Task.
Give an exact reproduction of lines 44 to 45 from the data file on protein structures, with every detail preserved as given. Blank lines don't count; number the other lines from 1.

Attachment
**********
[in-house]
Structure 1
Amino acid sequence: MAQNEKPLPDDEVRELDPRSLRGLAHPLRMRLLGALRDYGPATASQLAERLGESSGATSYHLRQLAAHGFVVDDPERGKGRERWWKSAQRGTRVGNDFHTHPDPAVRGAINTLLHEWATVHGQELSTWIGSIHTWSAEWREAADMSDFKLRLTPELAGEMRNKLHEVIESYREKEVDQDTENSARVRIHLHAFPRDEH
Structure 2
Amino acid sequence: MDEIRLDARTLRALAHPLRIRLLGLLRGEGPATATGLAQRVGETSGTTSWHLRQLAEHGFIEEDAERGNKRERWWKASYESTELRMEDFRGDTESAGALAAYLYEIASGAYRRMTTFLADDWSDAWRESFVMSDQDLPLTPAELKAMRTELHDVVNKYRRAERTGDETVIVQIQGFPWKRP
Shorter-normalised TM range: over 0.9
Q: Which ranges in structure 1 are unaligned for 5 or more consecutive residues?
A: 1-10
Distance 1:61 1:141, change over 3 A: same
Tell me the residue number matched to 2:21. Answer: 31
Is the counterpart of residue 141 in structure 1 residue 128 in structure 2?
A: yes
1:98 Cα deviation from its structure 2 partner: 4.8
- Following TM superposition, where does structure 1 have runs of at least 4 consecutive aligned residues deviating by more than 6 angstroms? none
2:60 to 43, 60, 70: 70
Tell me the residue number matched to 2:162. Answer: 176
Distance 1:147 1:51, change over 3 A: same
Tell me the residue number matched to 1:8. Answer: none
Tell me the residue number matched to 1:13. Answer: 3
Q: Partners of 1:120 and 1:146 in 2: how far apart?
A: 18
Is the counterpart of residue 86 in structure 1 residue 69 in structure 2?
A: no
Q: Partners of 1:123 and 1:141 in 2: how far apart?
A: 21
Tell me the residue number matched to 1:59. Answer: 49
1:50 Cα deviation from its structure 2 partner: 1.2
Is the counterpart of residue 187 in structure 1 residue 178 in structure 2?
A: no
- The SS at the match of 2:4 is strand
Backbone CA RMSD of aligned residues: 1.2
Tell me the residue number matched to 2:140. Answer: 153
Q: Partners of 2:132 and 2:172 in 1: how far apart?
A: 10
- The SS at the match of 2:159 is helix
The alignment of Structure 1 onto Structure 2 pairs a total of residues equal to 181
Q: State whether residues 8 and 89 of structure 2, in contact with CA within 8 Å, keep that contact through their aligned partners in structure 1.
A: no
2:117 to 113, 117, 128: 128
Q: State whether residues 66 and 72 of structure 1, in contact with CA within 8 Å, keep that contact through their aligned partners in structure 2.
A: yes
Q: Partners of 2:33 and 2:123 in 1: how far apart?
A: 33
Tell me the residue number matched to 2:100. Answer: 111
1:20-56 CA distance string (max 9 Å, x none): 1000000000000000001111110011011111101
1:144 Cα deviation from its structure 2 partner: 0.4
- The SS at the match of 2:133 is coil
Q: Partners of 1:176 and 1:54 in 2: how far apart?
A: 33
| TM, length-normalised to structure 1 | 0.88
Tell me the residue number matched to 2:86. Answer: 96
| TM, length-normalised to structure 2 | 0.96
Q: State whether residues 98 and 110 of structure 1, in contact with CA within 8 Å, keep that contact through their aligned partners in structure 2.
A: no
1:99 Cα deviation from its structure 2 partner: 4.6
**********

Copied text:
Tell me the residue number matched to 2:100. Answer: 111
1:20-56 CA distance string (max 9 Å, x none): 1000000000000000001111110011011111101